Helena Paparizou is a Greek-Swedish singer, songwriter and television personality. Born and raised in Sweden to Greek parents, she enrolled in various arts schools before launching a career in Sweden in 1999 as a member of the laïko and Eurodance duo Antique, who participated in the Eurovision Song Contest 2001 and afterwards became popular.

Greek folk music includes a variety of Greek styles played by ethnic Greeks in Greece, Cyprus, Australia, the United States and elsewhere. Apart from the common music found all-around Greece, there are distinct types of folk music, sometimes related to the history or simply the taste of the specific places.

Nektaria Karantzi Musical artist

Nektaria Karantzi is a Byzantine and traditional singer from Greece.

Haris Alexiou Greek singer

Haris Alexiou is a Greek singer. She is considered one of the most popular singers in Greece and has been commercially successful since the 1970s. She has worked with important Greek songwriters and composers, has performed at top musical theatres all over the world, and has received several awards. She has recorded over thirty albums and has been featured on albums of other musicians. On 14 March 2010 Alpha TV ranked Alexiou as the first top-certified female artist in Greece in the phonographic era, Chart Show: Your Countdown and the Number 3 overall ranking with regards to the sale of the personal albums certified Gold or Platinum in Greek discography since 1970, behind the male singers George Dalaras and Yiannis Parios. Eight of her personal albums released between 1977 and 2003 have surpassed 1.5 million sales, the only Greek female singer to do so.

Glykeria Greek singer (born 1953)

Glykeria is a Greek singer active in Greece and Cyprus, while also gaining fame in Israel, France, Turkey, Spain, and England. Her career has spanned over 30 years and is marked by several multi-platinum releases. On 14 March 2010, Alpha TV ranked Glykeria the third top-certified female artist in the nation's phonographic era.

Syrtos is, in classical and modern Greece: a folk dance in which the dancers link hands to form a chain or circle, headed by a leader who intermittently breaks away to perform improvised steps.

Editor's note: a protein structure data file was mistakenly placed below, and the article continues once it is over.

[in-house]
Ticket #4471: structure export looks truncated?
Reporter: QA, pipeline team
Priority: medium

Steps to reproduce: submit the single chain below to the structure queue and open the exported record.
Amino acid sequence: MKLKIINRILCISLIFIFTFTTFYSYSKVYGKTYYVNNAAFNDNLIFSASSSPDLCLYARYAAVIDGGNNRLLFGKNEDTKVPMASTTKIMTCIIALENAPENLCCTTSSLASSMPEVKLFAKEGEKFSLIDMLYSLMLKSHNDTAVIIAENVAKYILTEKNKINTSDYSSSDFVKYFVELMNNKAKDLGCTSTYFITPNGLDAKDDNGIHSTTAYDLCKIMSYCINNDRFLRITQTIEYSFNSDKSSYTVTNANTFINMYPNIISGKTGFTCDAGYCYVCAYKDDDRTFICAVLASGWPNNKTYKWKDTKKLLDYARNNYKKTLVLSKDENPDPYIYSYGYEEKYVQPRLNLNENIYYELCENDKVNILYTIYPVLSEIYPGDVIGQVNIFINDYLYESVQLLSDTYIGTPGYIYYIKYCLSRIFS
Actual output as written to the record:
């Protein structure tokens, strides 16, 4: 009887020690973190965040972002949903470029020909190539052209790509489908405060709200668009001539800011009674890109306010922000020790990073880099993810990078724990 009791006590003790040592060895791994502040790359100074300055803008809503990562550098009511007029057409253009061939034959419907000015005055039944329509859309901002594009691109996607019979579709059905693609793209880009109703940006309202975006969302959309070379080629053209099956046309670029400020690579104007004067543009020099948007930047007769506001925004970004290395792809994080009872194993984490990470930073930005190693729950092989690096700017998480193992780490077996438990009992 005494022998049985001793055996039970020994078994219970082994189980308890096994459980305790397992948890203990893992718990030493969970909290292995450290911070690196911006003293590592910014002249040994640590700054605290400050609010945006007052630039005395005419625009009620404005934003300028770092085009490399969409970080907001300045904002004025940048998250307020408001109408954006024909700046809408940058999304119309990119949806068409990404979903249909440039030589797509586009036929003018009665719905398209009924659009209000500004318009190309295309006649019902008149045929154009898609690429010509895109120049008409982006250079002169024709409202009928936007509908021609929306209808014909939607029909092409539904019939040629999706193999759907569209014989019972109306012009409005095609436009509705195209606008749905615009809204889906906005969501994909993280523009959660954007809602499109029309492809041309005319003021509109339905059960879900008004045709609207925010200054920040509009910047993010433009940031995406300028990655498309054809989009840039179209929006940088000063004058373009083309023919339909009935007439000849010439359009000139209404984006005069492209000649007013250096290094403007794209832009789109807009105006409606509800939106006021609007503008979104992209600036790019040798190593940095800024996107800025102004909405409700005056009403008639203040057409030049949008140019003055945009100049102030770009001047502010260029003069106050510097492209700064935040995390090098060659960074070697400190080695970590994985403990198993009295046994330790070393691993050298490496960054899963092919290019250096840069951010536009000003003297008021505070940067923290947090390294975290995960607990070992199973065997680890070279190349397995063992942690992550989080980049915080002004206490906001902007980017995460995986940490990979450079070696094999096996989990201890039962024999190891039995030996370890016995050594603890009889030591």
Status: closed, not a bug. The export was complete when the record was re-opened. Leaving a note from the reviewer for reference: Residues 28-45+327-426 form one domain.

Iakovos Nafpliotis

Iakovos Nafpliotis, was the Archon Protopsaltis of the Holy and Great Church of Christ in Constantinople. Iakovos Nafpliotis is one of the first chanters to have ever been recorded; many people also regard him as being one of the greatest.

Roza Eskenazi Musical artist

Roza Eskenazi was a famous Jewish-Greek-Armenian dancer and singer of rebetiko, Greek folk music, Kanto and Turkish folk music born in Constantinople, whose recording and stage career extended from the late 1920s into the 1970s.

Chrisavgi (Kristi) Stassinopoulou is a Greek singer, lyricist, and fiction writer. A native Athenian, she is an internationally known artist of the world music circuit. She is accompanied by composer, arranger, co-producer and multi-instrumentalist Stathis Kalyviotis. Their music combines traditional Greek rhythms and sounds, Byzantine vocal lines, rebetiko music, psychedelic rock, ambience and electronica.

Simon Karas (1905–1999) was a Greek musicologist, who specialized in Byzantine music tradition.

Marianna Chantelle Hansen, known professionally as Shaya, is a Greek singer Born in Denmark. Shaya was a member of the girl band Hi-5, the result of the Greek version of the talent show Popstars. She is currently pursuing a solo career and finished fifth in Greece's version of Dancing on Ice.

Anna Karabessini, was a Greek singer-songwriter of traditional and folk music. Born in Antimachia, Kos, from her early age her talent in singing appeared as her parents engaged in music and singing. Together with her sister Efi Sarris, they sang traditional songs for many years and are considered "having a prominent position and well known among all those who served the musical tradition of Kos and the Dodecanese"


  1. 1 2 Greek folk singer Domna Samiou dies at 84,, March 12, 2012.
  2. Paravantes, Maria (6 December 2002). "Domna Samiou: The stuff legends are made of". Athens News (12991). Archived from the original on 21 March 2012. Retrieved 20 November 2010.